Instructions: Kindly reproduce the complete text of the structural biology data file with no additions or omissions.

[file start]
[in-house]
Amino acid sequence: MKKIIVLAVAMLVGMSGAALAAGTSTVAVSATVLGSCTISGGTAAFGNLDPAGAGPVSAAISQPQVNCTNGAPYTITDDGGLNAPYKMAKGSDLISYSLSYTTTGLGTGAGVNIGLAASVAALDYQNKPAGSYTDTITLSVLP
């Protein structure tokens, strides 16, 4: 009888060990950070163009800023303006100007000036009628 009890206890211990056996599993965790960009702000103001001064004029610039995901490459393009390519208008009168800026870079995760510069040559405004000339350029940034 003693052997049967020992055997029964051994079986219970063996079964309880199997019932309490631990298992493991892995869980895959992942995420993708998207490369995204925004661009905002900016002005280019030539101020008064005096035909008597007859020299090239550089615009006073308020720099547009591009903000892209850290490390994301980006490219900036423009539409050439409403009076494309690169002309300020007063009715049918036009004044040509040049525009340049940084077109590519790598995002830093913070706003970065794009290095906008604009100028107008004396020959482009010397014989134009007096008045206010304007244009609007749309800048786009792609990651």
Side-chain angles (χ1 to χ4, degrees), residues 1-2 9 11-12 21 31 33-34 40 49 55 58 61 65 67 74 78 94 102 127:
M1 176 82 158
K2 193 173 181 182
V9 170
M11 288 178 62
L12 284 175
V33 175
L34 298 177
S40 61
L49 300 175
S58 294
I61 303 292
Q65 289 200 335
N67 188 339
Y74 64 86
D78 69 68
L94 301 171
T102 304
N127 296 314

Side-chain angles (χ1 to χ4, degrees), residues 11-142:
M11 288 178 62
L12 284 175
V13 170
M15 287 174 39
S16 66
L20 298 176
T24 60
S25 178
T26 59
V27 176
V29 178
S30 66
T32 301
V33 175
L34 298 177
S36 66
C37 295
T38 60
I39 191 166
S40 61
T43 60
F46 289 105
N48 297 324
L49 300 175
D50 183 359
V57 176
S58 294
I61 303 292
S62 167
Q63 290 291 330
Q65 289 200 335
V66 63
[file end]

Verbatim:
[in-house]
Amino acid sequence: MKKIIVLAVAMLVGMSGAALAAGTSTVAVSATVLGSCTISGGTAAFGNLDPAGAGPVSAAISQPQVNCTNGAPYTITDDGGLNAPYKMAKGSDLISYSLSYTTTGLGTGAGVNIGLAASVAALDYQNKPAGSYTDTITLSVLP
């Protein structure tokens, strides 16, 4: 009888060990950070163009800023303006100007000036009628 009890206890211990056996599993965790960009702000103001001064004029610039995901490459393009390519208008009168800026870079995760510069040559405004000339350029940034 003693052997049967020992055997029964051994079986219970063996079964309880199997019932309490631990298992493991892995869980895959992942995420993708998207490369995204925004661009905002900016002005280019030539101020008064005096035909008597007859020299090239550089615009006073308020720099547009591009903000892209850290490390994301980006490219900036423009539409050439409403009076494309690169002309300020007063009715049918036009004044040509040049525009340049940084077109590519790598995002830093913070706003970065794009290095906008604009100028107008004396020959482009010397014989134009007096008045206010304007244009609007749309800048786009792609990651």
Side-chain angles (χ1 to χ4, degrees), residues 1-2 9 11-12 21 31 33-34 40 49 55 58 61 65 67 74 78 94 102 127:
M1 176 82 158
K2 193 173 181 182
V9 170
M11 288 178 62
L12 284 175
V33 175
L34 298 177
S40 61
L49 300 175
S58 294
I61 303 292
Q65 289 200 335
N67 188 339
Y74 64 86
D78 69 68
L94 301 171
T102 304
N127 296 314

Side-chain angles (χ1 to χ4, degrees), residues 11-142:
M11 288 178 62
L12 284 175
V13 170
M15 287 174 39
S16 66
L20 298 176
T24 60
S25 178
T26 59
V27 176
V29 178
S30 66
T32 301
V33 175
L34 298 177
S36 66
C37 295
T38 60
I39 191 166
S40 61
T43 60
F46 289 105
N48 297 324
L49 300 175
D50 183 359
V57 176
S58 294
I61 303 292
S62 167
Q63 290 291 330
Q65 289 200 335
V66 63